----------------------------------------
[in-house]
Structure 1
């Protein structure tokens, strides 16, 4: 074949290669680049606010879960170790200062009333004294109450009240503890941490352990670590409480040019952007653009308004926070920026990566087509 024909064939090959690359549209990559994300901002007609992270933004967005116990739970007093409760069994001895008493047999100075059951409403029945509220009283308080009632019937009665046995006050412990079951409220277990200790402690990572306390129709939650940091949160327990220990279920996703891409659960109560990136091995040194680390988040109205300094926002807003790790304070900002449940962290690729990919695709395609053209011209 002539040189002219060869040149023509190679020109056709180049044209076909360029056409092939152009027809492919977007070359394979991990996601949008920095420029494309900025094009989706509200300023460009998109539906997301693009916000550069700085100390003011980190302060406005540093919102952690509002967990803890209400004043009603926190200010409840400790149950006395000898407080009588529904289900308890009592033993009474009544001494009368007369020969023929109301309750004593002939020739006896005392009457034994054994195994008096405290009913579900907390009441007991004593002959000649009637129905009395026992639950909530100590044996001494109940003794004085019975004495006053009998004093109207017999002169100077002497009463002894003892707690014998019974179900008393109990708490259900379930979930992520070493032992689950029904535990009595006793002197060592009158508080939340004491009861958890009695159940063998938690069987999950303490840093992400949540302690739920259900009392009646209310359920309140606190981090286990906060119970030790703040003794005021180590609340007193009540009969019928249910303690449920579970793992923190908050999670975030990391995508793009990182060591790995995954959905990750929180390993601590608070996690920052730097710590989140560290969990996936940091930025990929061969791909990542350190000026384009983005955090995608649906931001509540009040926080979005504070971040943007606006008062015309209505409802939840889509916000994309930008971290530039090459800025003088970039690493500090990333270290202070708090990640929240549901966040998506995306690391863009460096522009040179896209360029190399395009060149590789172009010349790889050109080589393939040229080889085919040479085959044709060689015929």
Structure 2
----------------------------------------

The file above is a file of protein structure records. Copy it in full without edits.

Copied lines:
[in-house]
Structure 1
């Protein structure tokens, strides 16, 4: 074949290669680049606010879960170790200062009333004294109450009240503890941490352990670590409480040019952007653009308004926070920026990566087509 024909064939090959690359549209990559994300901002007609992270933004967005116990739970007093409760069994001895008493047999100075059951409403029945509220009283308080009632019937009665046995006050412990079951409220277990200790402690990572306390129709939650940091949160327990220990279920996703891409659960109560990136091995040194680390988040109205300094926002807003790790304070900002449940962290690729990919695709395609053209011209 002539040189002219060869040149023509190679020109056709180049044209076909360029056409092939152009027809492919977007070359394979991990996601949008920095420029494309900025094009989706509200300023460009998109539906997301693009916000550069700085100390003011980190302060406005540093919102952690509002967990803890209400004043009603926190200010409840400790149950006395000898407080009588529904289900308890009592033993009474009544001494009368007369020969023929109301309750004593002939020739006896005392009457034994054994195994008096405290009913579900907390009441007991004593002959000649009637129905009395026992639950909530100590044996001494109940003794004085019975004495006053009998004093109207017999002169100077002497009463002894003892707690014998019974179900008393109990708490259900379930979930992520070493032992689950029904535990009595006793002197060592009158508080939340004491009861958890009695159940063998938690069987999950303490840093992400949540302690739920259900009392009646209310359920309140606190981090286990906060119970030790703040003794005021180590609340007193009540009969019928249910303690449920579970793992923190908050999670975030990391995508793009990182060591790995995954959905990750929180390993601590608070996690920052730097710590989140560290969990996936940091930025990929061969791909990542350190000026384009983005955090995608649906931001509540009040926080979005504070971040943007606006008062015309209505409802939840889509916000994309930008971290530039090459800025003088970039690493500090990333270290202070708090990640929240549901966040998506995306690391863009460096522009040179896209360029190399395009060149590789172009010349790889050109080589393939040229080889085919040479085959044709060689015929």
Structure 2